Anyway try it out here: 

Coordinate Flyto for Google Earth/Maps

also added today is a tickbox to open the result direct in Google Maps (rather than Google Earth). 

I’ll tidy it up and post the code, which is based on the PHPcoord conversion class, incase others have a use. I’ll also add it to the API – and possibly even back port it into Perl for use on the on site coordinate covertor. 

Finally possibly of interest is the realisation that the MGRS Google Earth Gridlines layer, will actully load directly in Google Maps, so:

MGRS Gridlines in Google Maps

the lines should update a few seconds after dragging/zooming. Ideally will suppress the big blue pins (which are show as numbers in GE) , but not tonight…



* in the nicest possible sence!

** I tested it by converting utm->mgrs->utm globally on a worldwide 1 degree grid – all check out with absolute precision.

Google Earth: Flight Simulator GPS Arrow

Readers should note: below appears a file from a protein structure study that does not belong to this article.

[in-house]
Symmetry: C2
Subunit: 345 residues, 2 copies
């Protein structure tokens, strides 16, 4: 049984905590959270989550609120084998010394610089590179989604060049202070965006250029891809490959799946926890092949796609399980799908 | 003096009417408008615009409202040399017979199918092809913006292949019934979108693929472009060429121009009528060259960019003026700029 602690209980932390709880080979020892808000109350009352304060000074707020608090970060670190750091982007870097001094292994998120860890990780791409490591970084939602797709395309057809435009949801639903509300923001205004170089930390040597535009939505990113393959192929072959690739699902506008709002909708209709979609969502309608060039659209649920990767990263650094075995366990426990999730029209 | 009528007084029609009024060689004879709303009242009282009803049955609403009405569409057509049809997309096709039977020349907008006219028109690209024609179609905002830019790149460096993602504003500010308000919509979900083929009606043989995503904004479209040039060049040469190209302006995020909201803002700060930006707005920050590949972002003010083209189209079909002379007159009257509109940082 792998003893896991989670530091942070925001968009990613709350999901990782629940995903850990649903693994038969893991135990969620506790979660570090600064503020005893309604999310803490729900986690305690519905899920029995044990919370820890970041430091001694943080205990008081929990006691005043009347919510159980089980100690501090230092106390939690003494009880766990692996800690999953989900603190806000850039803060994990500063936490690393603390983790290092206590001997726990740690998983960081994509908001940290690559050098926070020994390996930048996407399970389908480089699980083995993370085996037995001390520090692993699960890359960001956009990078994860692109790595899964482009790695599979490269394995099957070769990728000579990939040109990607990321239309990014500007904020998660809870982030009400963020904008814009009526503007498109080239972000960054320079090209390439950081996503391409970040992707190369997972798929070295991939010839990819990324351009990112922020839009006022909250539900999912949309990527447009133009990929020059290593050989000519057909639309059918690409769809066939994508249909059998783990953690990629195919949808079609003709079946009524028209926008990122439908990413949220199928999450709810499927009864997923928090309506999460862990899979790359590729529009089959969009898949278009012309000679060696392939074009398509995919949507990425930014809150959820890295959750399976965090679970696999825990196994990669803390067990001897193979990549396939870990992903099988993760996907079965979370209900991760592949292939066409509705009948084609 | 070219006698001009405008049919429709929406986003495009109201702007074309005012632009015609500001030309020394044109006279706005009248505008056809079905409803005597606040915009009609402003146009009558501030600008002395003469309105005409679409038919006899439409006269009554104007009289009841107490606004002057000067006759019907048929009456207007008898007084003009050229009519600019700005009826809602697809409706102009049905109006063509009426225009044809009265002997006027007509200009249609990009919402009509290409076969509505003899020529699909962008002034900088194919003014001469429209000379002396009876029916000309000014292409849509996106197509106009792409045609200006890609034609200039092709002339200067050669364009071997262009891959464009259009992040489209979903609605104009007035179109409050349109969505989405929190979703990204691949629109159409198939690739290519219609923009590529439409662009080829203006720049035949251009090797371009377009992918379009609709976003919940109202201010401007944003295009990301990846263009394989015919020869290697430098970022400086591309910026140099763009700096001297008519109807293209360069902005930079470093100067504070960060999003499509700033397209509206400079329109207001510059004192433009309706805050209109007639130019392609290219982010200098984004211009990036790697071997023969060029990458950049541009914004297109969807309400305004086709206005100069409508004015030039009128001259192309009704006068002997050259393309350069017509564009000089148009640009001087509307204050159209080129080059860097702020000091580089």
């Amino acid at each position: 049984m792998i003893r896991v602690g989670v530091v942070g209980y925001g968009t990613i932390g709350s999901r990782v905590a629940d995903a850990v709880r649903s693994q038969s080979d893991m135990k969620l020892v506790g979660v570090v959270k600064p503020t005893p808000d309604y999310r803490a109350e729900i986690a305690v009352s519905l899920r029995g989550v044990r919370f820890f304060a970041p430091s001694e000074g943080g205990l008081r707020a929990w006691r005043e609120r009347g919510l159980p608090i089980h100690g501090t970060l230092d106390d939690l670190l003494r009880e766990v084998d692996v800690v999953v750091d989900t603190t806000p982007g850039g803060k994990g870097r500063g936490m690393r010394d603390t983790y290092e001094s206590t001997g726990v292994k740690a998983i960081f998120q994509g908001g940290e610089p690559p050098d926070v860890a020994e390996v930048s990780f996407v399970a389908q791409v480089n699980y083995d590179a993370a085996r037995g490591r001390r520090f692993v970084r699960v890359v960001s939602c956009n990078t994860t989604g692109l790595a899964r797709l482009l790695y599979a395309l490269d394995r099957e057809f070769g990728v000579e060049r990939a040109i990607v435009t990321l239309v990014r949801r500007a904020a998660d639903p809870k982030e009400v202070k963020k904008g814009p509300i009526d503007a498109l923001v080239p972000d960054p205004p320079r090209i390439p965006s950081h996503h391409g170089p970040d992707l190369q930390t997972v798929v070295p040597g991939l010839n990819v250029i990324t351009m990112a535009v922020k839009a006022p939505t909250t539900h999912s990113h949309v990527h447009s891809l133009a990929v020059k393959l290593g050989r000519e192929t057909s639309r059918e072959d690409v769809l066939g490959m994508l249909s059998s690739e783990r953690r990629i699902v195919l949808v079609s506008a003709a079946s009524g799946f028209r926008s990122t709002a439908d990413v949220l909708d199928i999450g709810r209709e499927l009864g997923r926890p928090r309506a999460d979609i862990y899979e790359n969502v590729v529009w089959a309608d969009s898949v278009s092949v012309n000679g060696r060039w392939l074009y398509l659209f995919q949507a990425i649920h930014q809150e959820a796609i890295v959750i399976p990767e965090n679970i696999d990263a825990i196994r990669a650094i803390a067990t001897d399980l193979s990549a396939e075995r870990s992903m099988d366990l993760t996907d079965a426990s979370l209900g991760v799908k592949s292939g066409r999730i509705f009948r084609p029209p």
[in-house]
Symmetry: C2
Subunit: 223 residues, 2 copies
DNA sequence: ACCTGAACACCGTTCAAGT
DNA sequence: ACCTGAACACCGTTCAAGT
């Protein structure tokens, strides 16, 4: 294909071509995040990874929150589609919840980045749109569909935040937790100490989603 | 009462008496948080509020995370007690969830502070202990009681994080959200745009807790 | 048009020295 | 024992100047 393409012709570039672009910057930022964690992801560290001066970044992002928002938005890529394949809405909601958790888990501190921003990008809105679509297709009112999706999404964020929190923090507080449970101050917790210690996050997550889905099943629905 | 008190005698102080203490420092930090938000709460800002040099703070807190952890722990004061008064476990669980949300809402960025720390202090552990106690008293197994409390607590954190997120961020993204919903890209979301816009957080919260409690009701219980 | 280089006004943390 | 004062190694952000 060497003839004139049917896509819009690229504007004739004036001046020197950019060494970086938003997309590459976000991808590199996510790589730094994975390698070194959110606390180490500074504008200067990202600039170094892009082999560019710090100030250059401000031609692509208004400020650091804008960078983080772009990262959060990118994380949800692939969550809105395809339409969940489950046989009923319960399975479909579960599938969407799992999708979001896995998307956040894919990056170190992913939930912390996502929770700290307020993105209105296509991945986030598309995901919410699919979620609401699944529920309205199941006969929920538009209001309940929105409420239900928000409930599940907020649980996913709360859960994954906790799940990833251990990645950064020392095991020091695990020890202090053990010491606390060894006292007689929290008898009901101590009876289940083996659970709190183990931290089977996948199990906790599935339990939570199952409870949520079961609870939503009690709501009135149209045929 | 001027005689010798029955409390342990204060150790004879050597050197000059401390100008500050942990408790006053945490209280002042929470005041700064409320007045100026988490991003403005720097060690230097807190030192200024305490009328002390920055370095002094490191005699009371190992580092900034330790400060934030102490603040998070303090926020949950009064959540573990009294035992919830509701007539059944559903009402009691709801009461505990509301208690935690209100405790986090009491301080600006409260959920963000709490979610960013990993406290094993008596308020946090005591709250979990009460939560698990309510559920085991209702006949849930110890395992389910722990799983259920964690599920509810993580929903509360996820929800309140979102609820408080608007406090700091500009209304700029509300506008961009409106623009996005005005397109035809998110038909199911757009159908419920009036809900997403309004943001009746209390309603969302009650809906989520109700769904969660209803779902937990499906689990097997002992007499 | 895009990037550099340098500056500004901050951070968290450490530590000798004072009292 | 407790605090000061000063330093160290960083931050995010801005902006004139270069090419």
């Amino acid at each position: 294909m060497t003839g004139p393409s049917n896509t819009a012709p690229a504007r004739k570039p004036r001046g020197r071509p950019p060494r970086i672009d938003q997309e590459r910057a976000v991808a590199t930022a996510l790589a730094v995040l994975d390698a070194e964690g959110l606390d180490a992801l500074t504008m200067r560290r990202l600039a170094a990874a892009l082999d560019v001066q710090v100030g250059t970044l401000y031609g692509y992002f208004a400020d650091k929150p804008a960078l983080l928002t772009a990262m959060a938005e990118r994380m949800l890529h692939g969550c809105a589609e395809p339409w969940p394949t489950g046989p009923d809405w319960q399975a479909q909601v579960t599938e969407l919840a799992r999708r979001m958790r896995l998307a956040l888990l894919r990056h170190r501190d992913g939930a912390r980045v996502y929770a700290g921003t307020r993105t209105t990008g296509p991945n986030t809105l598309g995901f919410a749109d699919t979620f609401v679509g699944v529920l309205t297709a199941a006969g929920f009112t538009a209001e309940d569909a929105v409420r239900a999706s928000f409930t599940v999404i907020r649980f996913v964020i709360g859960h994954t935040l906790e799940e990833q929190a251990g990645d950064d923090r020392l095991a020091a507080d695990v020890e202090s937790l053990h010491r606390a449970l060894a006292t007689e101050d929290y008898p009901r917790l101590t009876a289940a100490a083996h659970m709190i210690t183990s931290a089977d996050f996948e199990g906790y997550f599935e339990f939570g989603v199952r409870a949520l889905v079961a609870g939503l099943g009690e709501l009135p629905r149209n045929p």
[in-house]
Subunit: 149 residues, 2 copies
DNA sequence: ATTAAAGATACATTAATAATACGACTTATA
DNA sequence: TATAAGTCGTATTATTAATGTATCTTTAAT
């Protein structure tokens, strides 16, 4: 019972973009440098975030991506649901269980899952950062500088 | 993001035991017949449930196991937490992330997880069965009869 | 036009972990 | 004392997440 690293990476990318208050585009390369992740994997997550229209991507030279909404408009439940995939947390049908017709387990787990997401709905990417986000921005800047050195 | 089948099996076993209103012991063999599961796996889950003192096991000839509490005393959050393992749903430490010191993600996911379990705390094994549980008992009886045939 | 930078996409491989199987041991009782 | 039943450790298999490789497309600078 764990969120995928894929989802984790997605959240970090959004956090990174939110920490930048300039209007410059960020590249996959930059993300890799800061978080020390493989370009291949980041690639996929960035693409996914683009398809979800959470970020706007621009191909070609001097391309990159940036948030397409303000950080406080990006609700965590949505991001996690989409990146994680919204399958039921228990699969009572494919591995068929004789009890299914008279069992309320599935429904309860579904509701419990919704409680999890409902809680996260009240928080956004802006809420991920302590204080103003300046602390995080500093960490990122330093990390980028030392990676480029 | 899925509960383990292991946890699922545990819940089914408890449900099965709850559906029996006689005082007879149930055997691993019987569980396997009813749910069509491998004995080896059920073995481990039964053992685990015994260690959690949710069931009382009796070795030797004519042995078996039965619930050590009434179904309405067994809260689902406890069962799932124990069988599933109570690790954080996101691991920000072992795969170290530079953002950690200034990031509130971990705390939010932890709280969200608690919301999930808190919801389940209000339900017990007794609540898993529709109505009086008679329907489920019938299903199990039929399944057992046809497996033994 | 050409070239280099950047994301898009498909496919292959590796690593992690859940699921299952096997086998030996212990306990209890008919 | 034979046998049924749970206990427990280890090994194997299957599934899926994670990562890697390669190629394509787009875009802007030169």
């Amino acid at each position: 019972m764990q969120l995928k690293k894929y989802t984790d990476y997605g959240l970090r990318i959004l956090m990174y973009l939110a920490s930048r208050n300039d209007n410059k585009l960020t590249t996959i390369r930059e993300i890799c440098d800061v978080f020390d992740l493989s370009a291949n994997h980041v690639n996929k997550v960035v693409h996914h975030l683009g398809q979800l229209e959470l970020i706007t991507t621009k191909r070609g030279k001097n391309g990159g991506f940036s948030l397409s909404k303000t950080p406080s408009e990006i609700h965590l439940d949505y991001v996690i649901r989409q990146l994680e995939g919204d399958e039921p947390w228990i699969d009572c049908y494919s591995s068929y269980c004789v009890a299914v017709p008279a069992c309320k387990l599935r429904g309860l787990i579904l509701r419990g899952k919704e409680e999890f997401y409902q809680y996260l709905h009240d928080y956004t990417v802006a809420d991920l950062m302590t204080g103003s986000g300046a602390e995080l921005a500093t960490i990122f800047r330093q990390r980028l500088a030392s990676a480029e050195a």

Saturday, July 26th, 2008

Behold a new network link from

Google Earth GPS

Once you have chosen a destination point, a small arrow will be shown in the bottom right of your Google Earth window, which points towards your destination! Ideal for use in the flight simulator, where you can play follow the arrow.

Note it only updates every 5 seconds, and comes with all sorts of disclaimers such as don’t use in life or death situations.

Where in the world are people looking? part 2

Saturday, March 1st, 2008

Following part 1 yesterday, have now plotted some maps per individual service.

Flash Earth Layer


  1. Google Earth does request a link for the initial view on startup – that point in the Atlantic.
  2. I guess North American installs have two slightly different default placemarks; has it changed, or maybe Canada gets a different one?